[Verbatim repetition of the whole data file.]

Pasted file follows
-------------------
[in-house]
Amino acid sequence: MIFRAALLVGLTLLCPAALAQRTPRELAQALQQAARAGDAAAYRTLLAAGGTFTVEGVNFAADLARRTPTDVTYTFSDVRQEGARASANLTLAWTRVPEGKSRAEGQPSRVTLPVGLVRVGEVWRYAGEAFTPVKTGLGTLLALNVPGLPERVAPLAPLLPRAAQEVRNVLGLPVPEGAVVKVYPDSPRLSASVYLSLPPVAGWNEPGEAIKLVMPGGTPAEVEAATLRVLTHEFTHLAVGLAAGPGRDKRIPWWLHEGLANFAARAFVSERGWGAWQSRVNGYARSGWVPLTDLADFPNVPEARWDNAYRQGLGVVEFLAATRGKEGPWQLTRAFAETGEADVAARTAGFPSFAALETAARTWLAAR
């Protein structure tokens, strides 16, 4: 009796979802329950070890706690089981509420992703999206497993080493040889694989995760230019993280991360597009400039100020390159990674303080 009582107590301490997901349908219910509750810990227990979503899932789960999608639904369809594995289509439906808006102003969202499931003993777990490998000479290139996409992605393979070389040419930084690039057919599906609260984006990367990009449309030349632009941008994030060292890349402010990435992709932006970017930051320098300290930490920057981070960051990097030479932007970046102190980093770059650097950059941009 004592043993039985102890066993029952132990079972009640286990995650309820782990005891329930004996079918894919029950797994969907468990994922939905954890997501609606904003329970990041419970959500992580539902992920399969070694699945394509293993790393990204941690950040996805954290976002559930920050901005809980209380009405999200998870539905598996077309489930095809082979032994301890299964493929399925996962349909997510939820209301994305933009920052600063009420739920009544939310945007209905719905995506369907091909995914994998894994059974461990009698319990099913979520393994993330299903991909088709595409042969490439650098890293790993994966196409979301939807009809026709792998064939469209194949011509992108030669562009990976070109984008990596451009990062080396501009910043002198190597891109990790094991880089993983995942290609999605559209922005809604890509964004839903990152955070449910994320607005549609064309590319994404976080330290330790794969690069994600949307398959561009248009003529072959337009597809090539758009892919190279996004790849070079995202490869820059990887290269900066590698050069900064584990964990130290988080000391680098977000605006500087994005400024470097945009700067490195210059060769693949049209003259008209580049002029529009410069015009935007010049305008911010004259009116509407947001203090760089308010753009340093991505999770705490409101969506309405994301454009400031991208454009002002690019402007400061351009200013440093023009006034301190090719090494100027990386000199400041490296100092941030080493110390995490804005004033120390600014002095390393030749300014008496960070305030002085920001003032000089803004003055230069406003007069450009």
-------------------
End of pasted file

[in-house]
Amino acid sequence: MIFRAALLVGLTLLCPAALAQRTPRELAQALQQAARAGDAAAYRTLLAAGGTFTVEGVNFAADLARRTPTDVTYTFSDVRQEGARASANLTLAWTRVPEGKSRAEGQPSRVTLPVGLVRVGEVWRYAGEAFTPVKTGLGTLLALNVPGLPERVAPLAPLLPRAAQEVRNVLGLPVPEGAVVKVYPDSPRLSASVYLSLPPVAGWNEPGEAIKLVMPGGTPAEVEAATLRVLTHEFTHLAVGLAAGPGRDKRIPWWLHEGLANFAARAFVSERGWGAWQSRVNGYARSGWVPLTDLADFPNVPEARWDNAYRQGLGVVEFLAATRGKEGPWQLTRAFAETGEADVAARTAGFPSFAALETAARTWLAAR
């Protein structure tokens, strides 16, 4: 009796979802329950070890706690089981509420992703999206497993080493040889694989995760230019993280991360597009400039100020390159990674303080 009582107590301490997901349908219910509750810990227990979503899932789960999608639904369809594995289509439906808006102003969202499931003993777990490998000479290139996409992605393979070389040419930084690039057919599906609260984006990367990009449309030349632009941008994030060292890349402010990435992709932006970017930051320098300290930490920057981070960051990097030479932007970046102190980093770059650097950059941009 004592043993039985102890066993029952132990079972009640286990995650309820782990005891329930004996079918894919029950797994969907468990994922939905954890997501609606904003329970990041419970959500992580539902992920399969070694699945394509293993790393990204941690950040996805954290976002559930920050901005809980209380009405999200998870539905598996077309489930095809082979032994301890299964493929399925996962349909997510939820209301994305933009920052600063009420739920009544939310945007209905719905995506369907091909995914994998894994059974461990009698319990099913979520393994993330299903991909088709595409042969490439650098890293790993994966196409979301939807009809026709792998064939469209194949011509992108030669562009990976070109984008990596451009990062080396501009910043002198190597891109990790094991880089993983995942290609999605559209922005809604890509964004839903990152955070449910994320607005549609064309590319994404976080330290330790794969690069994600949307398959561009248009003529072959337009597809090539758009892919190279996004790849070079995202490869820059990887290269900066590698050069900064584990964990130290988080000391680098977000605006500087994005400024470097945009700067490195210059060769693949049209003259008209580049002029529009410069015009935007010049305008911010004259009116509407947001203090760089308010753009340093991505999770705490409101969506309405994301454009400031991208454009002002690019402007400061351009200013440093023009006034301190090719090494100027990386000199400041490296100092941030080493110390995490804005004033120390600014002095390393030749300014008496960070305030002085920001003032000089803004003055230069406003007069450009």